The recent judgement from the European Court of Justice (ECJ) on filtering and copyright enforcement has been hailed as a success for the free internet. This decision is significant as it comes since the European Commission, as well as the US government, has moved towards allowing filtering and surveillance in the name of stronger copyright enforcement.
In my opinion the decision takes a relatively balanced position on the enforcement of copyright and the fact that the judgement may set a precedent for the European Commission and the US government when developing copyright enforcement mechanisms can prove very important for the future balance between rights holders and users.
But how relevant is this case outside copyright and other intellectual property rights? Is this an important step for freedom of expression and privacy in general ? My answer is yes and no. Yes, the decision is clearly a step in the right direction, but at the same time no, since the ECJ could have been much stricter in the human rights assessment.
First and foremost, the ECJ upholds the free speech principle of only allowing limitations to freedom of expression through liability in retrospect, and never through preventive measures, since such measures fall under the ban on censorship. It is clear that ISPs may be ordered to intervene to cease an ongoing copyright infringement, but that implementation of filtering mechanisms to prevent future infringement is not compatible with the human rights of the internet users.
The fact that this principle is upheld even in relation to copyright enforcement, which is considered in urgent need of strengthening, hopefully shows that the ECJ will not accept filtering measures in other areas either.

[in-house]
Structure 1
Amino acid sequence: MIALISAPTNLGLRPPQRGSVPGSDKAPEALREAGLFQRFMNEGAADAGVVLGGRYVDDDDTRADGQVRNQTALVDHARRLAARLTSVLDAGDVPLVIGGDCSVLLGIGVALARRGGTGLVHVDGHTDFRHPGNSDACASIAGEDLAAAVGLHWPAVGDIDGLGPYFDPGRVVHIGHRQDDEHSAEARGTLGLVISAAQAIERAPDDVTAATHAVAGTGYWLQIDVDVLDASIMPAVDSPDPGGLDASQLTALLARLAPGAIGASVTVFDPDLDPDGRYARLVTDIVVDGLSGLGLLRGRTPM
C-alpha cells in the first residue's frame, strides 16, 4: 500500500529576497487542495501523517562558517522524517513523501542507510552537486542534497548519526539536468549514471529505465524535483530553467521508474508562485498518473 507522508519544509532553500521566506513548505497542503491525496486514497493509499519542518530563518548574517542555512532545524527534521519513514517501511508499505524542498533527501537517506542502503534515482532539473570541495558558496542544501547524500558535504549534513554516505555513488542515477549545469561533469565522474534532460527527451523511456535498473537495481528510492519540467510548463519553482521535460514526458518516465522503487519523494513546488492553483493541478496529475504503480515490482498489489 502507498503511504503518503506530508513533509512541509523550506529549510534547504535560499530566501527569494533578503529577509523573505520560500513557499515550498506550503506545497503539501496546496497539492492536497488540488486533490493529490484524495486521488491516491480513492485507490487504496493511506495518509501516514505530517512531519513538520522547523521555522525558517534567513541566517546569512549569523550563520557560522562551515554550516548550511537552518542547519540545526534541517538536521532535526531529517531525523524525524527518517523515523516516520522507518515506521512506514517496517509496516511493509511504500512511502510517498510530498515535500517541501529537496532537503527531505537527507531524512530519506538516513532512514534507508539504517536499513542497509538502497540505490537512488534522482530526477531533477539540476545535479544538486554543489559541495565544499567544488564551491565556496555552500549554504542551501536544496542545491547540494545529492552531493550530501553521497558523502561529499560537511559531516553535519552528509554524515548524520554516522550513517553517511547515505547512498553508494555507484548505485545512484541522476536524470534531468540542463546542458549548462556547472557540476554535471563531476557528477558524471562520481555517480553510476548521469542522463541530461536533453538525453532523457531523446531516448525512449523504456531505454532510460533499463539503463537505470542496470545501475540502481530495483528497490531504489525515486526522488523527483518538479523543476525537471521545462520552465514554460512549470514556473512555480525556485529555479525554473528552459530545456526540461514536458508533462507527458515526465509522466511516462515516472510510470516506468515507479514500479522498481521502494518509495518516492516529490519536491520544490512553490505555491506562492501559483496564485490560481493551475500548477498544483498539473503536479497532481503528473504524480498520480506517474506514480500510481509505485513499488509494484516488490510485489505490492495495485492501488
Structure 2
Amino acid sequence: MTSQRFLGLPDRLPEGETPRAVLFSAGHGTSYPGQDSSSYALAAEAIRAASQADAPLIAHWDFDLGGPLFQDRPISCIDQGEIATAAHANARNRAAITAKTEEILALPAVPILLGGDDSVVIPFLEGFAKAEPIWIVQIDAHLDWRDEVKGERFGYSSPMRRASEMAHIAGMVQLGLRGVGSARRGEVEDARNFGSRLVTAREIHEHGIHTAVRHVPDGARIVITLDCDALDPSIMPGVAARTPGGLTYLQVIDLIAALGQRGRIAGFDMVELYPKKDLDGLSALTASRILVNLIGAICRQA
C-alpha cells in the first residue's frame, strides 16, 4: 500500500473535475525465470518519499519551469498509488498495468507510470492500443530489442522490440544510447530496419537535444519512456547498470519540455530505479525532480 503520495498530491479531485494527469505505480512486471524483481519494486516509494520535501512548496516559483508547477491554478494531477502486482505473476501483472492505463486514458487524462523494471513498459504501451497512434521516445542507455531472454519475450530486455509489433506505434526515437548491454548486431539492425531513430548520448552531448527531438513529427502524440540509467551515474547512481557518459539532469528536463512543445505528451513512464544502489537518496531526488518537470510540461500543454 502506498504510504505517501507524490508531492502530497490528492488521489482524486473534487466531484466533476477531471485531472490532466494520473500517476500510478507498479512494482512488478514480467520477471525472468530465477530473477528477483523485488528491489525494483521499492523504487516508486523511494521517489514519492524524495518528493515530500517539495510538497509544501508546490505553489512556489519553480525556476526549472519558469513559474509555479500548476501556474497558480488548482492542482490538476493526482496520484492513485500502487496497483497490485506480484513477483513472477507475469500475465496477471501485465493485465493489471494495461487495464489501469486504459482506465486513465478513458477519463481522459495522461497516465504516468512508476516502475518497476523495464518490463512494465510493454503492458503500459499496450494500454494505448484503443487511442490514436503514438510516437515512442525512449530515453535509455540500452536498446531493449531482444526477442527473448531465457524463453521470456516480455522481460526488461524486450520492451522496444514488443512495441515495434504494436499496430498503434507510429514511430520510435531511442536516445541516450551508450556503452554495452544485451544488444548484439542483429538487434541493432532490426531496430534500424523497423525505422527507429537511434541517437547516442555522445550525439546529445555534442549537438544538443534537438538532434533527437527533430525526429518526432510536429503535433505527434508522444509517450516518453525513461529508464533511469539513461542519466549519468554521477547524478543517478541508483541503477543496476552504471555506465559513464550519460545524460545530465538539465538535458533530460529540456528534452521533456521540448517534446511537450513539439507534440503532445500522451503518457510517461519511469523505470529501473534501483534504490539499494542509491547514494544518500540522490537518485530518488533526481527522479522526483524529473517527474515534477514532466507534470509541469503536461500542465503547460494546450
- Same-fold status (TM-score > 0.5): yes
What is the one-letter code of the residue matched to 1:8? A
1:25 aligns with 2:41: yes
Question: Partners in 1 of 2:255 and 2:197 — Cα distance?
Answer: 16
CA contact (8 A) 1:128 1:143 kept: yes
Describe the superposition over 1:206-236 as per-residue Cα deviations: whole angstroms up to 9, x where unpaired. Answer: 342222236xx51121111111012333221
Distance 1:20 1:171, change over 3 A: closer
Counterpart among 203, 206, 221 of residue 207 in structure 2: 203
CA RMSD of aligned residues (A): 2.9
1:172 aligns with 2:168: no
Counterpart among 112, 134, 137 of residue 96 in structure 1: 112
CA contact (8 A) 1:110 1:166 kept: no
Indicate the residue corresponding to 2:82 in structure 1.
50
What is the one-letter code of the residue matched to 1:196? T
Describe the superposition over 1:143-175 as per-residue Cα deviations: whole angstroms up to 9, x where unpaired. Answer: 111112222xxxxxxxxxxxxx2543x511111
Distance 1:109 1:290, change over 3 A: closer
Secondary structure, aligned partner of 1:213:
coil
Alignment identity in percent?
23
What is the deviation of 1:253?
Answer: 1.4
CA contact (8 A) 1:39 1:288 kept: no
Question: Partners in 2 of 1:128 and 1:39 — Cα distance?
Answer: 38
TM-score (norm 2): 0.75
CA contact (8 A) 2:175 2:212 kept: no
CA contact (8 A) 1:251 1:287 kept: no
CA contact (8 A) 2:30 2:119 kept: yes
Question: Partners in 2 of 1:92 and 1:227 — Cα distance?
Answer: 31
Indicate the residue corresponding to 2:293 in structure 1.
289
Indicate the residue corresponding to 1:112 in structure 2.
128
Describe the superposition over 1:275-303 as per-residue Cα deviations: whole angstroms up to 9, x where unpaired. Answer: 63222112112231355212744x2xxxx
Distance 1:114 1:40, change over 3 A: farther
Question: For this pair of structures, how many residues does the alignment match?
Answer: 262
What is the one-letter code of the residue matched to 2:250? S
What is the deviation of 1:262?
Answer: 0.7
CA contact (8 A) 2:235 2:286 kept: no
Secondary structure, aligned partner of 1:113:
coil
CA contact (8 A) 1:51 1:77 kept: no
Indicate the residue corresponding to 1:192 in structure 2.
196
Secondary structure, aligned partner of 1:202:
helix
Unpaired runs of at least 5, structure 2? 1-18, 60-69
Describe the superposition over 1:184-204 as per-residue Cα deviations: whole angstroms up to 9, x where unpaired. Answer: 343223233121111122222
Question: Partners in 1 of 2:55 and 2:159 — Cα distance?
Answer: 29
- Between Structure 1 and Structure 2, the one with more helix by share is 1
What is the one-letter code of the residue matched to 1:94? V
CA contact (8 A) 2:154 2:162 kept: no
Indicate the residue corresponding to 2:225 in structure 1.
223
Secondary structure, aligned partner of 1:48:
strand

The ECJs good understanding of the technical aspects should also be recognised. Filtering mechanisms will always affect a far larger group of people than the sought-after offenders. It is, in fact, impossible to target specific content/users without scanning everything/everyone. Furthermore, the court acknowledges that a technical system never will be able to distinguish between lawful and unlawful content, as the lawfulness varies in different countries and by different users (a technical system can never know if a user, for example, has a license or is sharing under legal exemptions from copyright).
Understanding of the technical side is critical when assessing what the actual effects of control measures will be in terms of limitations to freedom of expression.
The not so good:
The decision is essentially based on an assessment of the balance between the copyright holders on one hand, and the rights of the ISPs and the internet users on the other hand – in the end favouring the latter. However, what is lacking is a clear statement from the court stating that the suggested filtering, as such, is a limitation to freedom of expression and information, and that this limitation does not comply with internationally accepted standards for limitations to fundamental human rights.
The ECJ had the opportunity to argue in line with the Opinion by Advocate General, Cruz Villalón. Unfortunately did not (however, it did not argue specifically against the Opinion either). The Advocate General clearly stated that, as a limitation to fundamental human rights, the suggested filtering must (1) be encoded in law, (2) serve to protect other rights (or national security), and (3) be proportionate to the need for the measure .
In his assessment, the Advocate General found that the suggested measure did not even pass the first test — that is, being encoded in law. Since there is no law in Belgium explicitly allowing filtering as a limitation to freedom of expression, any filtering measure imposed on an ISP by the state is unlawful.
A similarly strong position by the court would have had a clear message: human rights comes first, particularly since the three part test applies in similar ways to most human rights in most international and national legislatures.
All in all, in this time of SOPA, ACTA and other internet freedom restricting proposals, this is a very welcome decision by the ECJ. Next time we hope they will listen even more to the Advocate General.